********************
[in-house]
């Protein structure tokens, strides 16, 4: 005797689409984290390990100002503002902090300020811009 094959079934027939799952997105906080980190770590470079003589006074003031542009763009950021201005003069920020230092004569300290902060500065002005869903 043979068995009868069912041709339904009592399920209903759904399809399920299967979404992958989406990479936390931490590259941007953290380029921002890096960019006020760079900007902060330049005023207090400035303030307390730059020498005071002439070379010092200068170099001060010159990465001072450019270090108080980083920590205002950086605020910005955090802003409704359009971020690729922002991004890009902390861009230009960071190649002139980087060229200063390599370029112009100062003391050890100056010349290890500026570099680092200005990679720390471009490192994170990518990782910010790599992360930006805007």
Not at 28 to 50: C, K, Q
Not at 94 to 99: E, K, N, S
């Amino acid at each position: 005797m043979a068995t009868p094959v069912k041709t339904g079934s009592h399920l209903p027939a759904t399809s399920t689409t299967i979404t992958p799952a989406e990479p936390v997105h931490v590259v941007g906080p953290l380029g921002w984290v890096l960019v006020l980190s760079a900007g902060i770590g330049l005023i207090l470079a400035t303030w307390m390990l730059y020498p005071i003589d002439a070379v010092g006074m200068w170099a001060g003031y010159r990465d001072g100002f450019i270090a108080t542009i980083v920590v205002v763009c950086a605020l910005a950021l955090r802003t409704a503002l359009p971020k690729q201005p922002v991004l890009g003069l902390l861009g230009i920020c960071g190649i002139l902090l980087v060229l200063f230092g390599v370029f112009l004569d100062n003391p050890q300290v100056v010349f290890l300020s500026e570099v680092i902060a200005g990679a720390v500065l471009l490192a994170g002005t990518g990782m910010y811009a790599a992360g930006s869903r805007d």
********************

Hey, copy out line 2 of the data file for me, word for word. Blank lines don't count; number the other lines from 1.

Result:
């Protein structure tokens, strides 16, 4: 005797689409984290390990100002503002902090300020811009 094959079934027939799952997105906080980190770590470079003589006074003031542009763009950021201005003069920020230092004569300290902060500065002005869903 043979068995009868069912041709339904009592399920209903759904399809399920299967979404992958989406990479936390931490590259941007953290380029921002890096960019006020760079900007902060330049005023207090400035303030307390730059020498005071002439070379010092200068170099001060010159990465001072450019270090108080980083920590205002950086605020910005955090802003409704359009971020690729922002991004890009902390861009230009960071190649002139980087060229200063390599370029112009100062003391050890100056010349290890500026570099680092200005990679720390471009490192994170990518990782910010790599992360930006805007």